Wednesday, April 28, 2010

Sadaf’s Rice and Raita

I have been meaning to post this recipe for ages, and was reminded today when I watched the kid forget all about his demands for macaroni and cheese (out of a box, yes, it’s true) as he gobbled down two bowls of this yummy Middle Eastern classic. The proper name for the rice and peas is pullao, but in our household we call it Sadaf’s Rice, named after my friend Sadaf, whom the kid adores and I begged the recipe from.

I have modified Sadaf’s original recipe slightly, to make it a bit more compatible with my North American pantry. If at all possible, try to source all of the whole spices; they are available at many regular grocers and most bulk food stores, and can certainly be found in any Asian grocer. Since the spices are whole, they last a long time when stored away from light and heat.

Sadaf’s Rice:

1 – 2 cups basmati rice
4 tsp olive oil
1½ tsp black cumin seeds (use regular cumin seeds if you can’t find black)
12 whole peppercorns
4 whole cloves
2 green cardamom pods
1 black cardamom pod (add a couple more green pods if you can’t find black)
1 cinnamon stick
1 medium onion, diced (reserve 1 tbsp for raita)
2 cloves garlic, sliced or minced
1 can chick peas, drained
chicken broth or 1 bullion cube

Rinse and soak rice in a fine mesh strainer or loose-weave cloth for 20-30 minutes. Drain.

In a heavy saucepot on medium-high heat, fry spices in oil until seeds begin to sizzle. Add onions and garlic and cook, stirring frequently, until onions are browned, about 5 minutes.

Add drained rice, chick peas, and broth or water to cover ½ inch above the rice (about double the quantity of rice used). Boil uncovered until liquid is almost level with rice; cover with tight-fitting lid and simmer on low until liquid is absorbed, about 12 – 14 minutes. (Make raita while rice cooks.)

Let stand, covered, for a few minutes and then fluff rice with a fork or chopsticks. Remove the cloves, cardamom pods, and cinnamon before serving.

Raita (Yogurt Salad)

½ to 1 cup plain yogurt, ideally 2% or higher (I use 6%; it’s worth it)
1 cup or more English cucumber, sliced half-moons
½ cup carrot, shredded (optional)
½ cup radish, thin slice (optional)
1 tbsp onion, minced (or a couple pinches of onion powder)
½ tsp dried mint
½ tsp ground cumin

Mix all ingredients together and let stand in refrigerator for 10+ minutes, to allow flavors to blend. To serve, spoon on top of pullao.

When you can't find the whole spices

Any of the following ground spices can be substituted in the pullao, but they will alter the flavour a bit. They burn easily; only let them cook for a moment before adding the onion and garlic.

tsp ground cumin
½ tsp ground black pepper
tsp ground cloves
¼ tsp ground cardamom (replaces both green and black pods)
½ tsp ground cinnamon

Tuesday, April 27, 2010

Greek Yogurt and Yogurt Cheese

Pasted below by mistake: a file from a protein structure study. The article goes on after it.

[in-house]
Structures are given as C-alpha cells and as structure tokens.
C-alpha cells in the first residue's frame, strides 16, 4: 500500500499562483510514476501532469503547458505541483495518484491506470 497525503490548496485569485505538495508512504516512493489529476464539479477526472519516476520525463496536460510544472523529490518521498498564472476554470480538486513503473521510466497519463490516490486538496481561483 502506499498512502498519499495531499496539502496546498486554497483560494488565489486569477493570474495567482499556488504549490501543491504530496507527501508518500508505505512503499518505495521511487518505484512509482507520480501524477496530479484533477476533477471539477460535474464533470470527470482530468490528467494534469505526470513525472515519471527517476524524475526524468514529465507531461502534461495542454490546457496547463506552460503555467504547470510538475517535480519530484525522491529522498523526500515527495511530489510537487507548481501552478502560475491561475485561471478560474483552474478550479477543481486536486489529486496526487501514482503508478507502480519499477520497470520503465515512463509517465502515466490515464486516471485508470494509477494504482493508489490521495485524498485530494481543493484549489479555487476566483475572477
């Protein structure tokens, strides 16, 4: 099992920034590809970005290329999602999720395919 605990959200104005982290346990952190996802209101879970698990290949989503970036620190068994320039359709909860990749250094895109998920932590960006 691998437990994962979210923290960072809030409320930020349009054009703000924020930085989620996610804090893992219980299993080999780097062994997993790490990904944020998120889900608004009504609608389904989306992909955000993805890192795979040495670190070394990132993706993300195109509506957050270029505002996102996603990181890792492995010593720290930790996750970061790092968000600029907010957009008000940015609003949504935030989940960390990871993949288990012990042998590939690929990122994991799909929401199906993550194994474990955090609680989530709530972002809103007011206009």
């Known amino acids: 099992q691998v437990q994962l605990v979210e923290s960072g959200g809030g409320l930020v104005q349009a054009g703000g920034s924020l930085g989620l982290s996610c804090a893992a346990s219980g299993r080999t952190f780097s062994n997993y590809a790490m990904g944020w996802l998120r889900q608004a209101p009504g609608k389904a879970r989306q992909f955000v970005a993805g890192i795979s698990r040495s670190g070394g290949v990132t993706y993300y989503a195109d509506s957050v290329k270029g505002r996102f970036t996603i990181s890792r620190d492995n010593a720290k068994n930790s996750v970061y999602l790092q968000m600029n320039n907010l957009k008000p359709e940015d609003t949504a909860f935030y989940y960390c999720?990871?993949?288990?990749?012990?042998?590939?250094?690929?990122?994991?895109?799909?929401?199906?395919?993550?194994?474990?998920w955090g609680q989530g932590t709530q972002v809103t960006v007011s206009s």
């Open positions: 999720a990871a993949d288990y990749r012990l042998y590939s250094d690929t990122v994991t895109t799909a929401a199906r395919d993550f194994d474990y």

Take a cotton napkin, or a paper coffee filter, or a cotton tea towel, or a woven cotton shirt, or several layers of get the idea. Put the cloth in a strainer or colander standing in a bowl. Pour your yogurt into the cloth. Let stand in the refrigerator or loosely covered on the counter for 2-4 hours for Greek yogurt, or 8-12 hours for yogurt cheese* (known as labneh in the middle east). Transfer drained yogurt to a container and store in the refrigerator.

The drained liquid is whey, which can be used for cooking.

Don't have a colander? Pour your yogurt into a tea towel and tie the ends of the towel to hang off your kitchen sink tap. Put a bowl under it to catch the whey if you want to.

Yes, it is okay to leave yogurt out overnight at room temperature.

*If you are using yogurt cheese as a Phillydelphia-style cream cheese substitute, stir in ¼ tsp salt per cup of yogurt before draining.

Seriously Folks, Don't Buy a Yogurt Maker

Put down the $100 "gourmet" yogurt maker with automatic digital temperature control. Back away slowly. Now come with me....

I admit the process looks difficult, considering I dedicate five paragraphs to it below. But really it's quite easy and takes almost no time. This is the fancy equipment required to make yogurt at home:

A pot
A spoon or whisk
A clean glass jar (such as an old pickle jar), or thick glass/ceramic bowl
A medium towel or blanket
It is also helpful (but not mandatory) for you have a candy thermometer (sold for $5 in grocery stores)

Ingredients (can be scaled up or down; it is only dependant on the size of your jar):

4 cups milk* (any fat content you want)
1 heaped tbsp plain yogurt (this is your starter)
* don't use lactose-free milk: this will cause your yogurt will fail

So here's what you do:

In the pot, bring the milk up to froth. Turn heat to medium-low and simmer for two minutes.

Remove from heat and insert thermometer; allow to cool, undisturbed, until the temperature reaches 106-109°F. This may take 15-30 minutes, depending on how warm your kitchen is. If you don't have a thermometer, test the milk by sticking your pinky finger in. If you can just hold it in the milk for a 10-count, the milk is ready. Take care not to let the milk get too cold; the yogurt can fail if it's not close to this temperature.

While waiting for the milk to cool, put the starter yogurt in your jar and beat it with a spoon or whisk until it is liquid and free of lumps. Once the milk is the right temperature, add a tbsp or two and blend thoroughly to warm up the yogurt. Now add the remainder of the milk and stir/whisk (I put the lid on my jar and give it a few shakes).

Put a lid or cover or plastic wrap on your jar/bowl/whatever. Wrap the towel around it and stick it in a cupboard or other draft-free hideaway. Wait 8 to 12 hours (overnight); longer aging increases the yogurt's sourness.

Store yogurt in the refrigerator. Yogurt will keep for about a week. You can use this yogurt to start your next batch.